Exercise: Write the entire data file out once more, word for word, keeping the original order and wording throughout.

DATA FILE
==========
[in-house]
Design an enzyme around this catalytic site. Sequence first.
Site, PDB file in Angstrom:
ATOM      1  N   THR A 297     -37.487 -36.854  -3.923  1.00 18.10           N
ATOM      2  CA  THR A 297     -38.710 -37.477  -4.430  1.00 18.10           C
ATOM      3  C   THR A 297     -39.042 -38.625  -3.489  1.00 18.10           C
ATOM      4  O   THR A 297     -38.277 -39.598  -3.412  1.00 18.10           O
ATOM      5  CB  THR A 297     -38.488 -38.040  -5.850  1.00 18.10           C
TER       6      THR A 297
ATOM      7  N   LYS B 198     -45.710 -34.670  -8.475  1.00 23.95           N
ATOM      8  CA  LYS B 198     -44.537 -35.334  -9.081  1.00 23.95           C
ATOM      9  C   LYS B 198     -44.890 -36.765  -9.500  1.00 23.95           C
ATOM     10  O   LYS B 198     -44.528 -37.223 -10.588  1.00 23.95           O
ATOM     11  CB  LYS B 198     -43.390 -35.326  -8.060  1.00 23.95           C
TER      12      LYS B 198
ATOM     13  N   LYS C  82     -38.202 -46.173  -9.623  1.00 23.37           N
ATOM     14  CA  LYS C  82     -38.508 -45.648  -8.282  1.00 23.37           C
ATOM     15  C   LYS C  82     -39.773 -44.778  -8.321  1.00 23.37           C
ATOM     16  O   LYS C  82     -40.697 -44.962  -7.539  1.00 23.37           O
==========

[in-house]
Design an enzyme around this catalytic site. Sequence first.
Site, PDB file in Angstrom:
ATOM      1  N   THR A 297     -37.487 -36.854  -3.923  1.00 18.10           N
ATOM      2  CA  THR A 297     -38.710 -37.477  -4.430  1.00 18.10           C
ATOM      3  C   THR A 297     -39.042 -38.625  -3.489  1.00 18.10           C
ATOM      4  O   THR A 297     -38.277 -39.598  -3.412  1.00 18.10           O
ATOM      5  CB  THR A 297     -38.488 -38.040  -5.850  1.00 18.10           C
TER       6      THR A 297
ATOM      7  N   LYS B 198     -45.710 -34.670  -8.475  1.00 23.95           N
ATOM      8  CA  LYS B 198     -44.537 -35.334  -9.081  1.00 23.95           C
ATOM      9  C   LYS B 198     -44.890 -36.765  -9.500  1.00 23.95           C
ATOM     10  O   LYS B 198     -44.528 -37.223 -10.588  1.00 23.95           O
ATOM     11  CB  LYS B 198     -43.390 -35.326  -8.060  1.00 23.95           C
TER      12      LYS B 198
ATOM     13  N   LYS C  82     -38.202 -46.173  -9.623  1.00 23.37           N
ATOM     14  CA  LYS C  82     -38.508 -45.648  -8.282  1.00 23.37           C
ATOM     15  C   LYS C  82     -39.773 -44.778  -8.321  1.00 23.37           C
ATOM     16  O   LYS C  82     -40.697 -44.962  -7.539  1.00 23.37           O